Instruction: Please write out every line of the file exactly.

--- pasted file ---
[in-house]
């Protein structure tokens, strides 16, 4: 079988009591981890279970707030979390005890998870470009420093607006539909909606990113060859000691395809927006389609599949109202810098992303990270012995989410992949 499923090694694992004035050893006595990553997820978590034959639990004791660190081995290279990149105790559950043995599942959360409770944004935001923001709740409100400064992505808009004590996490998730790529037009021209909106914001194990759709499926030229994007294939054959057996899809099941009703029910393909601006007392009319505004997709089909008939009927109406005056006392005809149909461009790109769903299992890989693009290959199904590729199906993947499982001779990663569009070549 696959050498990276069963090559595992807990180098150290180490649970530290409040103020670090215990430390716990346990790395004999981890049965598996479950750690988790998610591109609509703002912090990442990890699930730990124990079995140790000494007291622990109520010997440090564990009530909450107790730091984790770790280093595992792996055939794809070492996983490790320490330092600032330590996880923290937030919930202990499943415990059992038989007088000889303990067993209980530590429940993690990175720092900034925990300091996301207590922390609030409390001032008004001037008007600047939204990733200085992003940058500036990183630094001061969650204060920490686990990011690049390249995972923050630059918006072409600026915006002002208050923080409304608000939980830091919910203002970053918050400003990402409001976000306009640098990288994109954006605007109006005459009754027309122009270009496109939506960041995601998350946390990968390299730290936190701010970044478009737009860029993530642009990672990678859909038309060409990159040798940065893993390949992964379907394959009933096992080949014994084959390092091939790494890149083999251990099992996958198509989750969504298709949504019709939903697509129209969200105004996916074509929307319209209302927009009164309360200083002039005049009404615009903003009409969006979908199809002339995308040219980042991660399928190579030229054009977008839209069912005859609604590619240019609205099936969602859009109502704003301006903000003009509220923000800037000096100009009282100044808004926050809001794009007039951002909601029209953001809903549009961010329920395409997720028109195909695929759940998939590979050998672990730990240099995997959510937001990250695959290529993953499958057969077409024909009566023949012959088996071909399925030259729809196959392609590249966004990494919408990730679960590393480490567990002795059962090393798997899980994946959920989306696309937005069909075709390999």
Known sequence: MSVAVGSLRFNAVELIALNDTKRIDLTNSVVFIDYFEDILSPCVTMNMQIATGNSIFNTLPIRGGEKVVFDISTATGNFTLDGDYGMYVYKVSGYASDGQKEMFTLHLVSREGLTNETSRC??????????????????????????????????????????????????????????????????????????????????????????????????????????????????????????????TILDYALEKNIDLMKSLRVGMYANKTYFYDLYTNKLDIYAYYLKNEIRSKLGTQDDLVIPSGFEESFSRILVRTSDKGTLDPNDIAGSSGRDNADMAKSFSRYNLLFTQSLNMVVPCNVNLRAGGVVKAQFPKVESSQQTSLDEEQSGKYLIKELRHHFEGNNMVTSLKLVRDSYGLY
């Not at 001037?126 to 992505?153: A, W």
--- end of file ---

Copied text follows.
[in-house]
């Protein structure tokens, strides 16, 4: 079988009591981890279970707030979390005890998870470009420093607006539909909606990113060859000691395809927006389609599949109202810098992303990270012995989410992949 499923090694694992004035050893006595990553997820978590034959639990004791660190081995290279990149105790559950043995599942959360409770944004935001923001709740409100400064992505808009004590996490998730790529037009021209909106914001194990759709499926030229994007294939054959057996899809099941009703029910393909601006007392009319505004997709089909008939009927109406005056006392005809149909461009790109769903299992890989693009290959199904590729199906993947499982001779990663569009070549 696959050498990276069963090559595992807990180098150290180490649970530290409040103020670090215990430390716990346990790395004999981890049965598996479950750690988790998610591109609509703002912090990442990890699930730990124990079995140790000494007291622990109520010997440090564990009530909450107790730091984790770790280093595992792996055939794809070492996983490790320490330092600032330590996880923290937030919930202990499943415990059992038989007088000889303990067993209980530590429940993690990175720092900034925990300091996301207590922390609030409390001032008004001037008007600047939204990733200085992003940058500036990183630094001061969650204060920490686990990011690049390249995972923050630059918006072409600026915006002002208050923080409304608000939980830091919910203002970053918050400003990402409001976000306009640098990288994109954006605007109006005459009754027309122009270009496109939506960041995601998350946390990968390299730290936190701010970044478009737009860029993530642009990672990678859909038309060409990159040798940065893993390949992964379907394959009933096992080949014994084959390092091939790494890149083999251990099992996958198509989750969504298709949504019709939903697509129209969200105004996916074509929307319209209302927009009164309360200083002039005049009404615009903003009409969006979908199809002339995308040219980042991660399928190579030229054009977008839209069912005859609604590619240019609205099936969602859009109502704003301006903000003009509220923000800037000096100009009282100044808004926050809001794009007039951002909601029209953001809903549009961010329920395409997720028109195909695929759940998939590979050998672990730990240099995997959510937001990250695959290529993953499958057969077409024909009566023949012959088996071909399925030259729809196959392609590249966004990494919408990730679960590393480490567990002795059962090393798997899980994946959920989306696309937005069909075709390999």
Known sequence: MSVAVGSLRFNAVELIALNDTKRIDLTNSVVFIDYFEDILSPCVTMNMQIATGNSIFNTLPIRGGEKVVFDISTATGNFTLDGDYGMYVYKVSGYASDGQKEMFTLHLVSREGLTNETSRC??????????????????????????????????????????????????????????????????????????????????????????????????????????????????????????????TILDYALEKNIDLMKSLRVGMYANKTYFYDLYTNKLDIYAYYLKNEIRSKLGTQDDLVIPSGFEESFSRILVRTSDKGTLDPNDIAGSSGRDNADMAKSFSRYNLLFTQSLNMVVPCNVNLRAGGVVKAQFPKVESSQQTSLDEEQSGKYLIKELRHHFEGNNMVTSLKLVRDSYGLY
């Not at 001037?126 to 992505?153: A, W």